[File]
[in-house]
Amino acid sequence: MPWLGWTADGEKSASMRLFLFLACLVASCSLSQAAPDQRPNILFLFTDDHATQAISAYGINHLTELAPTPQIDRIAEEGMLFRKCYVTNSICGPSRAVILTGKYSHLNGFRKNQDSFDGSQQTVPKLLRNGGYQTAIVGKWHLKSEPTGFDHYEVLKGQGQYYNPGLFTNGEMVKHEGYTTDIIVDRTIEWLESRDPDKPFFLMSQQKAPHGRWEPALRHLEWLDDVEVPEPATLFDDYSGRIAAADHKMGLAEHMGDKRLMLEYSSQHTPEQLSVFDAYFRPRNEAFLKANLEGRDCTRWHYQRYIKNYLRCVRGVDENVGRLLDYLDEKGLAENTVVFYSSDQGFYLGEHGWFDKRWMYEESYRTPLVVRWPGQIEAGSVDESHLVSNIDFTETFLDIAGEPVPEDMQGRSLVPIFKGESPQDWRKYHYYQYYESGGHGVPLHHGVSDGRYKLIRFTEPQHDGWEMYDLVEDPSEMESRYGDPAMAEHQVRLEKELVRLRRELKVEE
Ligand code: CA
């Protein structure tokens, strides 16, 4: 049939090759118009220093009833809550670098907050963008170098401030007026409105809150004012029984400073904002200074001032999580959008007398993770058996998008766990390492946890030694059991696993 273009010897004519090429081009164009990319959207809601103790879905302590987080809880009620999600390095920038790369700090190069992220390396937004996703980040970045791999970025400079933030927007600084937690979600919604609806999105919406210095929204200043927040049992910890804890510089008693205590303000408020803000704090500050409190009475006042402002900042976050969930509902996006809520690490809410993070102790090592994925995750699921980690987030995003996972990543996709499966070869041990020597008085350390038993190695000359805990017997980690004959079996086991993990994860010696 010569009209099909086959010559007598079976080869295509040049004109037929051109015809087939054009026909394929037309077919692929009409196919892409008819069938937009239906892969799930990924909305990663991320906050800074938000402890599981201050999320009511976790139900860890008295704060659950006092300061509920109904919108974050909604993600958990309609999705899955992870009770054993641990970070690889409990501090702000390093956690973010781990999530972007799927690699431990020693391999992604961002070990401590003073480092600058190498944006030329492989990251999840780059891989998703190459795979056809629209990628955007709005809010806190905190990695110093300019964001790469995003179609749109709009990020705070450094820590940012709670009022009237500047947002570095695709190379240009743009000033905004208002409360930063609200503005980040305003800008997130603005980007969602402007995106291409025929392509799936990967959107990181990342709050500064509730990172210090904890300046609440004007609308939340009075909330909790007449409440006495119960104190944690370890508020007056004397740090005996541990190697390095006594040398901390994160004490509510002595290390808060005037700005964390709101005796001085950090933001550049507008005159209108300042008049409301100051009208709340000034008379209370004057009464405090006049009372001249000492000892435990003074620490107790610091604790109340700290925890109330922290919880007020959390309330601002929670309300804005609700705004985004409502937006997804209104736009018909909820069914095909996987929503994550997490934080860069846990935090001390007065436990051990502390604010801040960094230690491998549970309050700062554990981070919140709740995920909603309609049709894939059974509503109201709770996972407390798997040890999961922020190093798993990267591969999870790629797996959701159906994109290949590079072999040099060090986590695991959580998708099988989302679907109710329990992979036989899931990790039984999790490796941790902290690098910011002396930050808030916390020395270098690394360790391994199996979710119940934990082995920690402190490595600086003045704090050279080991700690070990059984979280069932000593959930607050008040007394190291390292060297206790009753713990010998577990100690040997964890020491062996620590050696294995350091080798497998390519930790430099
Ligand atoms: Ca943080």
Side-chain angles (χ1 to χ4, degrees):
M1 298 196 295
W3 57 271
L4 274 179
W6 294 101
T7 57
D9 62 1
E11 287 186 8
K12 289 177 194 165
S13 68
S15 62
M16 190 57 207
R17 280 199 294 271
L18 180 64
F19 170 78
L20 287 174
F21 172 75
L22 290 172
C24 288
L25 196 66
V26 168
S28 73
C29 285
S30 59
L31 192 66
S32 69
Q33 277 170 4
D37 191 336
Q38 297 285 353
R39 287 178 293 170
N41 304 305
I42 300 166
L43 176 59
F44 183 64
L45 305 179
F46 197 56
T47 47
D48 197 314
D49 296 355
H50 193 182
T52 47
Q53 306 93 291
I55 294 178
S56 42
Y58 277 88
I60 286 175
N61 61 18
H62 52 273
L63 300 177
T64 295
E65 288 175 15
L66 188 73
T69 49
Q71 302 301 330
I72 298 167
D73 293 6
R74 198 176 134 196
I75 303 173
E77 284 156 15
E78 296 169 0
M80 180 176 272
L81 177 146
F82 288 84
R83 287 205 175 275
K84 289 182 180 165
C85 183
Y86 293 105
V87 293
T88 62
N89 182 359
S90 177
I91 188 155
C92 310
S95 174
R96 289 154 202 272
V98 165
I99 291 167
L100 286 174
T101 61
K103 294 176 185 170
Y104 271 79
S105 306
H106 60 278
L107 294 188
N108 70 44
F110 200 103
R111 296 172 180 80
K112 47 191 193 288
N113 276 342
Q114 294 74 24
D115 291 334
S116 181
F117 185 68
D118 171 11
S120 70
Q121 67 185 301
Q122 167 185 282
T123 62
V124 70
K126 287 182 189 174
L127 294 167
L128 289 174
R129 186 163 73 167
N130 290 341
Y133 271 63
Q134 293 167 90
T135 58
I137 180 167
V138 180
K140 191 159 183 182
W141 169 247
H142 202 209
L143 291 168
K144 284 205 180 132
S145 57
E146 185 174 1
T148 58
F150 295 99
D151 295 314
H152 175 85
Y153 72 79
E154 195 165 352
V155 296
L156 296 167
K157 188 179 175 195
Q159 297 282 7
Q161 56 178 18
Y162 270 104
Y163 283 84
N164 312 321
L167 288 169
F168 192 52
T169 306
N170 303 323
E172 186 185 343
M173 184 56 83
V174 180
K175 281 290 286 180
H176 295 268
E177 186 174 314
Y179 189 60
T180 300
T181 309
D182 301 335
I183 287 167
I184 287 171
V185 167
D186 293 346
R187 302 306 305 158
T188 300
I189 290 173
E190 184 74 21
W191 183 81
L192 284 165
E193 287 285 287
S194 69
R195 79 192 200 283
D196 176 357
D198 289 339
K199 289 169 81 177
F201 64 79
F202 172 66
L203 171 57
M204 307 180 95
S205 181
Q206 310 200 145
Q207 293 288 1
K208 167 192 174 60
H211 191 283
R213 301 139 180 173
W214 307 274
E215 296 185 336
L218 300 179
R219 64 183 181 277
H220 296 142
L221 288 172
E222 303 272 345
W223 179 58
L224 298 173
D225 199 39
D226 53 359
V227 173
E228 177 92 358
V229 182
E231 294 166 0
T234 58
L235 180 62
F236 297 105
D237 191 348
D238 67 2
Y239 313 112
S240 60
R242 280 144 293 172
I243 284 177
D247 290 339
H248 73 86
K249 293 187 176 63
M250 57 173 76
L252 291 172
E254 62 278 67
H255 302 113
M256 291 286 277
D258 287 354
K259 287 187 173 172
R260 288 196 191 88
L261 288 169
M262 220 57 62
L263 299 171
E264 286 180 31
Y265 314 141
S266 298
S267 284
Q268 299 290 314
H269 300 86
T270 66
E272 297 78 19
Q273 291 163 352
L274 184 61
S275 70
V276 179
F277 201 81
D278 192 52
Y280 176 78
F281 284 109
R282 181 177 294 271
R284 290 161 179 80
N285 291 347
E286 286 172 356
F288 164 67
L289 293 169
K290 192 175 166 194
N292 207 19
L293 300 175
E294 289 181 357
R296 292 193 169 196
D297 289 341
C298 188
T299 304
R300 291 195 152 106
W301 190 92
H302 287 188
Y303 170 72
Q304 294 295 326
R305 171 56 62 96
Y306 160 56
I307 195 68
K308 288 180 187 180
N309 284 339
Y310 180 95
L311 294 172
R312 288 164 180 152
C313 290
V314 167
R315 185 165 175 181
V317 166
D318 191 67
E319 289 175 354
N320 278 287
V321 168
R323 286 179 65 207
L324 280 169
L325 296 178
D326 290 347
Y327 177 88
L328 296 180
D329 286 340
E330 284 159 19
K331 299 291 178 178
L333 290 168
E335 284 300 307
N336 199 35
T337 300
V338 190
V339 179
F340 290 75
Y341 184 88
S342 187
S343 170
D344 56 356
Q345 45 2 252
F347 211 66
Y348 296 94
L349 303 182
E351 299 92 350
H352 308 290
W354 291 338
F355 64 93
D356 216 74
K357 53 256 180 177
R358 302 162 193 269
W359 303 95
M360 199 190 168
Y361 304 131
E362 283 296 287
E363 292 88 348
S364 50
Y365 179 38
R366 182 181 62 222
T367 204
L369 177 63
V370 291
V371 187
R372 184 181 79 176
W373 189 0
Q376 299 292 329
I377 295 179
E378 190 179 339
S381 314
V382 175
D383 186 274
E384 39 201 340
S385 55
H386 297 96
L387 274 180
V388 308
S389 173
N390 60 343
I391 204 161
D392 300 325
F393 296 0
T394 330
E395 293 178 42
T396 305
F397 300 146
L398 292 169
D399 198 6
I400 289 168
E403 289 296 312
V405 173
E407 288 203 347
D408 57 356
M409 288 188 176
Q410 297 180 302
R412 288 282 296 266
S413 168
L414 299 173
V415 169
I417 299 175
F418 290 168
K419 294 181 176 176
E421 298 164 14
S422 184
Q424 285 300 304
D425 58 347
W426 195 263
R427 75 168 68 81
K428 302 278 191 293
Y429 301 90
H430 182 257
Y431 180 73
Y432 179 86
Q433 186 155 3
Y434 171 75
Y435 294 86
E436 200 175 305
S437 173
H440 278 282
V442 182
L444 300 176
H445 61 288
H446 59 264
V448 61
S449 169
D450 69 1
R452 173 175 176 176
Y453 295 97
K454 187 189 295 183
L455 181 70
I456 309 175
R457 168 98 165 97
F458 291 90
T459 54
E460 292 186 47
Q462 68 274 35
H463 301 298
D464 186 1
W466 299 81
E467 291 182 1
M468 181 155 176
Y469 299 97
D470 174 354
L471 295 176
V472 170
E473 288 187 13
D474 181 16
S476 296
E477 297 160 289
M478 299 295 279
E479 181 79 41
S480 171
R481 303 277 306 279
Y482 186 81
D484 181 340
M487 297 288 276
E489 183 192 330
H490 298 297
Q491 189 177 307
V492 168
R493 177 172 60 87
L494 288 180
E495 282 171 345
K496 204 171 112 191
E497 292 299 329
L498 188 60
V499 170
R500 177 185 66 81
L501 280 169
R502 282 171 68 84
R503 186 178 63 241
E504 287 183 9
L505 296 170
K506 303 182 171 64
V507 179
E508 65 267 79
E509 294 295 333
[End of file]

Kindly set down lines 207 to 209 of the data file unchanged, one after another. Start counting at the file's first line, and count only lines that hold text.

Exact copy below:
M256 291 286 277
D258 287 354
K259 287 187 173 172